May 2nd, 2013
12:51 PM ET
By Dan Merica, CNN
Washington (CNN) – In the last two days, newly installed Pope Francis has become increasingly vocal about economics issues.
On Wednesday, the Pope Francis made reference to a building collapse in Bangladesh that killed upwards of 400 people in a sharp condemnation of worker exploitation and “slave labor.”
"Not paying a just (wage), not providing work, focusing exclusively on the balance books, on financial statements, only looking at making personal profit. That goes against God!" Pope Francis in his homily.
On Thursday, Pope Francis continued with his economic message by tweeting “My thoughts turn to all who are unemployed, often as a result of a self-centred mindset bent on profit at any cost,” to his almost 2.5 million followers.
May 2nd, 2013
12:37 PM ET
By Eric Marrapodi and Hada Messia, CNN
Rome (CNN) –Pope Francis welcomed his predecessor Pope Emeritus Benedict XVI back to the Vatican on Thursday afternoon.
The now retired Pope Benedict had been living at the papal retreat in Castel Gandolfo since he formally stepped down as head of 1.2 billion Catholics around the world and left Vatican City on February 28.
Benedict was the first pope in nearly 600 years to resign.
Benedict traveled back to the Vatican on Thursday by helicopter. He will live on the Vatican grounds at a newly renovated convent called Mater Ecclesiae. He was driven from the Vatican heliport to his new residence where he was greeted by his successor. Vatican spokesman Father Federico Lombardi told reporters that Francis greeted Benedict, "with great fraternal cordiality. Together they went to the monastery chapel for a brief moment of prayer."
April 11th, 2013
03:21 PM ET
(CNN)–An artist in Milwaukee, Wisconsin, has created a unique portrait of Pope Emeritus Benedict XVI.
March 28th, 2013
01:25 PM ET
By Eric Marrapodi, CNN Belief Blog Editor
(CNN) — In ancient times, when roads were bad and footwear was worse, the washing of a guest's feet was a required sign of hospitality. Today when someone comes to your home, you’re more likely to offer to take their coat and bring them beverage rather then have the help fetch a basin to refresh their worn feet.
The gesture of a servant's washing a newly arrived guest’s feet is sprinkled throughout the Jewish and Christian scriptures. That the characters in question were respectable, hospitable, and well off would have been culturally recognizable to earlier readers. In the Christian tradition, one story of feet washing entirely changed the paradigm.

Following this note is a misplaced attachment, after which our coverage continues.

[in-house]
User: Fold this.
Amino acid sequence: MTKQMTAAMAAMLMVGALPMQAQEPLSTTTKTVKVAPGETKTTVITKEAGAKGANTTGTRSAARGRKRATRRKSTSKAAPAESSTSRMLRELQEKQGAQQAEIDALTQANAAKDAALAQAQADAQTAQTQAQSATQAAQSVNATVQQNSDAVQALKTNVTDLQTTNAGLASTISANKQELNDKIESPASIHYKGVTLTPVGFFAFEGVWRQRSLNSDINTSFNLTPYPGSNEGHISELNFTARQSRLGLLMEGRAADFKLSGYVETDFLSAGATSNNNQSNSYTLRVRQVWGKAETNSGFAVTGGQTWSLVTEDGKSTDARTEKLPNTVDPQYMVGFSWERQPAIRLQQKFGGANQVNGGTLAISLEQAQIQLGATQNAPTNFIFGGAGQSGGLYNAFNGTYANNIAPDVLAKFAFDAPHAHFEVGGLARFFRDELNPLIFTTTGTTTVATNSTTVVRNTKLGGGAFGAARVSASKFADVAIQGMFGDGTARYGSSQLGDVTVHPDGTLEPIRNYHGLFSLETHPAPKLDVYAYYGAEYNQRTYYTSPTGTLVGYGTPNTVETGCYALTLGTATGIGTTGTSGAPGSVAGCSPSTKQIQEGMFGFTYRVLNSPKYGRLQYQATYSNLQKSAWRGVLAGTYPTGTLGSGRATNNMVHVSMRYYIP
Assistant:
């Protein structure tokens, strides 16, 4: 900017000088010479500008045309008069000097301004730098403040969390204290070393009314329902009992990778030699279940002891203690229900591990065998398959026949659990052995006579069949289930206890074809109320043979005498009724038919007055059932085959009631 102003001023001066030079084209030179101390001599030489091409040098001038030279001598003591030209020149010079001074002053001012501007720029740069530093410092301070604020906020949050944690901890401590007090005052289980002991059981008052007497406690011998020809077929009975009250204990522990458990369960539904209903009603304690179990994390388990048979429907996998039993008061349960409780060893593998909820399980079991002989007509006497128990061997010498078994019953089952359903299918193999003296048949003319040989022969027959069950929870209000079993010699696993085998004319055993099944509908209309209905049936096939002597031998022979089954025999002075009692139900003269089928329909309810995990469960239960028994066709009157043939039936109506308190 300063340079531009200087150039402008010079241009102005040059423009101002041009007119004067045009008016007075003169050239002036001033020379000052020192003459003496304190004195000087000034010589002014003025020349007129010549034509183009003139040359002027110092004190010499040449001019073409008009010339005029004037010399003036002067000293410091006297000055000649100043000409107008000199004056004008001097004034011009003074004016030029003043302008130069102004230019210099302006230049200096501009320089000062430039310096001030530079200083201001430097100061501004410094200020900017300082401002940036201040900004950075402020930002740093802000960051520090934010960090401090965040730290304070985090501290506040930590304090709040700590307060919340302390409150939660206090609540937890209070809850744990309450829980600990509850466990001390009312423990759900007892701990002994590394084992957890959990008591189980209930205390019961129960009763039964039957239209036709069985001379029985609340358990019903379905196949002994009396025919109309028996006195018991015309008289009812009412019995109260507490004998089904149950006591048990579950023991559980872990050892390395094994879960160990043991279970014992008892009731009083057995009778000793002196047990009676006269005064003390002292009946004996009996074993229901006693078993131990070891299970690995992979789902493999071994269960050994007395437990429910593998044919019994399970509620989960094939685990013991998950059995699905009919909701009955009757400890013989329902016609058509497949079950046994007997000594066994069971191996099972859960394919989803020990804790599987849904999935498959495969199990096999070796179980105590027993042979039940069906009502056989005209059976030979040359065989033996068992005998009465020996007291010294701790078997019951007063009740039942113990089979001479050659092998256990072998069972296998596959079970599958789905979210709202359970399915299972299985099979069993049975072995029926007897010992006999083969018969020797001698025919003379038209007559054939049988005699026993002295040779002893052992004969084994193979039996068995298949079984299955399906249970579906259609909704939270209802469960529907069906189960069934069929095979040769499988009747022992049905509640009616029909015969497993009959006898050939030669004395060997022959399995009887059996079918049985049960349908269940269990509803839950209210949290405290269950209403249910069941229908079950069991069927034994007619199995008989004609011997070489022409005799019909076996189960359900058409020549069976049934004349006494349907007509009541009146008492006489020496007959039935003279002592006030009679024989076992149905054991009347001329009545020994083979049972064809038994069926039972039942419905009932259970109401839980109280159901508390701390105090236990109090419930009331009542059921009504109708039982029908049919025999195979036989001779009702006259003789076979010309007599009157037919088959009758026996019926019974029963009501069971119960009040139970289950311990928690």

In the Biblical accounts of the Easter story, Jesus rides into Jerusalem on Palm Sunday on a donkey to adoring crowds. Just a few days later he gathers his 12 disciples for what would be their Last Supper before he was crucified.
March 23rd, 2013
10:00 AM ET
By Laura Smith-Spark, Ben Wedeman and Hada Messia, CNN
Castel Gandolfo (CNN)–Pope Francis is having lunch Saturday with his predecessor, Pope Emeritus Benedict XVI, in what may be an encounter unprecedented in Church history.
Since a new pope usually takes the reins only following the death of his predecessor, this is a rare occurrence.
Francis, who was inaugurated as the new head of the world's 1.2 billion Catholics on Tuesday, has made some changes since taking the helm - most notably by adopting a simpler, personal style and calling for the Church to focus on serving the poor and needy.
The new pontiff was flown to Castel Gandolfo by helicopter for the lunch date.
March 13th, 2013
02:38 PM ET
Rome (CNN) - Pope Francis, the first non-European pontiff of the modern era, revealed himself to the world from a balcony at the Vatican on Wednesday.
Jorge Bergogolio, who served as archbishop of Buenos Aires, took the name Francis shortly after being elected by cardinals in what was apparently the fifth round of voting on the second day of the conclave.
"As you know, the duty of the conclave was to appoint a bishop of Rome," Francis told a cheering crowd of thousands packed into St. Peter's Square.
"It seems to me that my brother cardinals have chosen one who is from faraway. ... Here I am. I would like to thank you for your embrace."